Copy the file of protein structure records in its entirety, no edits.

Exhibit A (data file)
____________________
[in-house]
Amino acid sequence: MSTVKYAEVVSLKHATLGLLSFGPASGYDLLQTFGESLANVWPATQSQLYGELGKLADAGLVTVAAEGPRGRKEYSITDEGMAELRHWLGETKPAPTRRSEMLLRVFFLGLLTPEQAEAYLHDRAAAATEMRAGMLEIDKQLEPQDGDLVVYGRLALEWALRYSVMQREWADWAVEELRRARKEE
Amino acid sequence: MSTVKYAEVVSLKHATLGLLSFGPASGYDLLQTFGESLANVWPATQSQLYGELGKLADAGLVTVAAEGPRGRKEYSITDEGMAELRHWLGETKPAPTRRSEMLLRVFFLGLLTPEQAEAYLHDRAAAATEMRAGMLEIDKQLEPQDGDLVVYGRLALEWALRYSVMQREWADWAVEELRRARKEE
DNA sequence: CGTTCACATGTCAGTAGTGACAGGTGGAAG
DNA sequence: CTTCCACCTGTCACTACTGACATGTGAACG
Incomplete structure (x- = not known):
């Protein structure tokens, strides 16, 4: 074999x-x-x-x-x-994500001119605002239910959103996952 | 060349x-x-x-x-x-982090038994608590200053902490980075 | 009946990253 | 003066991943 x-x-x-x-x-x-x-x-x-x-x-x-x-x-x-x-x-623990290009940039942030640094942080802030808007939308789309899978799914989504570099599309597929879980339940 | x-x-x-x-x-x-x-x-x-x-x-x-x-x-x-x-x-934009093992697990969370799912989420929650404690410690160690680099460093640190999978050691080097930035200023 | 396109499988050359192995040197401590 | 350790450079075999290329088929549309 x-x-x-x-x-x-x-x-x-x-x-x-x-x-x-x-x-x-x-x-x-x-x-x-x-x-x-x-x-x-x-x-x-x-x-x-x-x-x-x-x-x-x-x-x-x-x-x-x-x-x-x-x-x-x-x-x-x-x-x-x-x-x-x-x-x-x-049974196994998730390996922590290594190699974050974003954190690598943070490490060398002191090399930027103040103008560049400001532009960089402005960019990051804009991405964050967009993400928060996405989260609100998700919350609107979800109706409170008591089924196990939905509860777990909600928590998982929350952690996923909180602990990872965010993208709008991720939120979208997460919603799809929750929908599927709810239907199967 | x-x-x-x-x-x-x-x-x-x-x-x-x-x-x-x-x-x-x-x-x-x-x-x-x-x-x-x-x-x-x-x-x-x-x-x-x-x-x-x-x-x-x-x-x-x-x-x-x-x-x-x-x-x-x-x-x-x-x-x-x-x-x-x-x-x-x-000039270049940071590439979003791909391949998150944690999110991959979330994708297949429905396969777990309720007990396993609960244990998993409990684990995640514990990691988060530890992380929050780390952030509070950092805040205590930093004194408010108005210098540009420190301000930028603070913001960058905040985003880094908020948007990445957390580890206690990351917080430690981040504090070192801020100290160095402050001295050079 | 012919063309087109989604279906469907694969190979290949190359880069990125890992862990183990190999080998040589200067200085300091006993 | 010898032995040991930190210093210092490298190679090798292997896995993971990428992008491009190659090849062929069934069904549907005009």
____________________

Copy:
[in-house]
Amino acid sequence: MSTVKYAEVVSLKHATLGLLSFGPASGYDLLQTFGESLANVWPATQSQLYGELGKLADAGLVTVAAEGPRGRKEYSITDEGMAELRHWLGETKPAPTRRSEMLLRVFFLGLLTPEQAEAYLHDRAAAATEMRAGMLEIDKQLEPQDGDLVVYGRLALEWALRYSVMQREWADWAVEELRRARKEE
Amino acid sequence: MSTVKYAEVVSLKHATLGLLSFGPASGYDLLQTFGESLANVWPATQSQLYGELGKLADAGLVTVAAEGPRGRKEYSITDEGMAELRHWLGETKPAPTRRSEMLLRVFFLGLLTPEQAEAYLHDRAAAATEMRAGMLEIDKQLEPQDGDLVVYGRLALEWALRYSVMQREWADWAVEELRRARKEE
DNA sequence: CGTTCACATGTCAGTAGTGACAGGTGGAAG
DNA sequence: CTTCCACCTGTCACTACTGACATGTGAACG
Incomplete structure (x- = not known):
């Protein structure tokens, strides 16, 4: 074999x-x-x-x-x-994500001119605002239910959103996952 | 060349x-x-x-x-x-982090038994608590200053902490980075 | 009946990253 | 003066991943 x-x-x-x-x-x-x-x-x-x-x-x-x-x-x-x-x-623990290009940039942030640094942080802030808007939308789309899978799914989504570099599309597929879980339940 | x-x-x-x-x-x-x-x-x-x-x-x-x-x-x-x-x-934009093992697990969370799912989420929650404690410690160690680099460093640190999978050691080097930035200023 | 396109499988050359192995040197401590 | 350790450079075999290329088929549309 x-x-x-x-x-x-x-x-x-x-x-x-x-x-x-x-x-x-x-x-x-x-x-x-x-x-x-x-x-x-x-x-x-x-x-x-x-x-x-x-x-x-x-x-x-x-x-x-x-x-x-x-x-x-x-x-x-x-x-x-x-x-x-x-x-x-x-049974196994998730390996922590290594190699974050974003954190690598943070490490060398002191090399930027103040103008560049400001532009960089402005960019990051804009991405964050967009993400928060996405989260609100998700919350609107979800109706409170008591089924196990939905509860777990909600928590998982929350952690996923909180602990990872965010993208709008991720939120979208997460919603799809929750929908599927709810239907199967 | x-x-x-x-x-x-x-x-x-x-x-x-x-x-x-x-x-x-x-x-x-x-x-x-x-x-x-x-x-x-x-x-x-x-x-x-x-x-x-x-x-x-x-x-x-x-x-x-x-x-x-x-x-x-x-x-x-x-x-x-x-x-x-x-x-x-x-000039270049940071590439979003791909391949998150944690999110991959979330994708297949429905396969777990309720007990396993609960244990998993409990684990995640514990990691988060530890992380929050780390952030509070950092805040205590930093004194408010108005210098540009420190301000930028603070913001960058905040985003880094908020948007990445957390580890206690990351917080430690981040504090070192801020100290160095402050001295050079 | 012919063309087109989604279906469907694969190979290949190359880069990125890992862990183990190999080998040589200067200085300091006993 | 010898032995040991930190210093210092490298190679090798292997896995993971990428992008491009190659090849062929069934069904549907005009």